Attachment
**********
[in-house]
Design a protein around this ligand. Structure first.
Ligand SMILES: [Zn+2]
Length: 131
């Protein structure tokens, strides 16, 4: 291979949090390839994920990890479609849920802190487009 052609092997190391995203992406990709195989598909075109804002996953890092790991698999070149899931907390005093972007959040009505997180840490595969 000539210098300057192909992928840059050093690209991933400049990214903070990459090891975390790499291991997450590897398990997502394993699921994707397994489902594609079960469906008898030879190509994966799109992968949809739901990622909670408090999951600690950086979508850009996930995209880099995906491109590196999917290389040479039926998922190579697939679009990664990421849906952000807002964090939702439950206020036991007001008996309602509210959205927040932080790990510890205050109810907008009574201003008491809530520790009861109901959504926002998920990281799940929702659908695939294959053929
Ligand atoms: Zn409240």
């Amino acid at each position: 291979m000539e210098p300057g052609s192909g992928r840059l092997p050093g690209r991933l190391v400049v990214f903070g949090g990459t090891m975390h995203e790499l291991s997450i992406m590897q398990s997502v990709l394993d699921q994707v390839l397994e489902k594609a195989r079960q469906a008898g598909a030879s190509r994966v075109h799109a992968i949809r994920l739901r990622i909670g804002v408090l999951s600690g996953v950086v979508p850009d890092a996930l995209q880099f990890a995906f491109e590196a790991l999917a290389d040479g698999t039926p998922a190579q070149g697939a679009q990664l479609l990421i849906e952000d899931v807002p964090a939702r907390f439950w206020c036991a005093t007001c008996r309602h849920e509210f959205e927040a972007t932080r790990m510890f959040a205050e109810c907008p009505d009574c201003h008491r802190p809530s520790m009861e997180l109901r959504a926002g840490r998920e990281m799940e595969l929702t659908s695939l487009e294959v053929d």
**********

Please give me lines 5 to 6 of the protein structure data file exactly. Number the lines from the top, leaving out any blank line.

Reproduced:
């Protein structure tokens, strides 16, 4: 291979949090390839994920990890479609849920802190487009 052609092997190391995203992406990709195989598909075109804002996953890092790991698999070149899931907390005093972007959040009505997180840490595969 000539210098300057192909992928840059050093690209991933400049990214903070990459090891975390790499291991997450590897398990997502394993699921994707397994489902594609079960469906008898030879190509994966799109992968949809739901990622909670408090999951600690950086979508850009996930995209880099995906491109590196999917290389040479039926998922190579697939679009990664990421849906952000807002964090939702439950206020036991007001008996309602509210959205927040932080790990510890205050109810907008009574201003008491809530520790009861109901959504926002998920990281799940929702659908695939294959053929
Ligand atoms: Zn409240």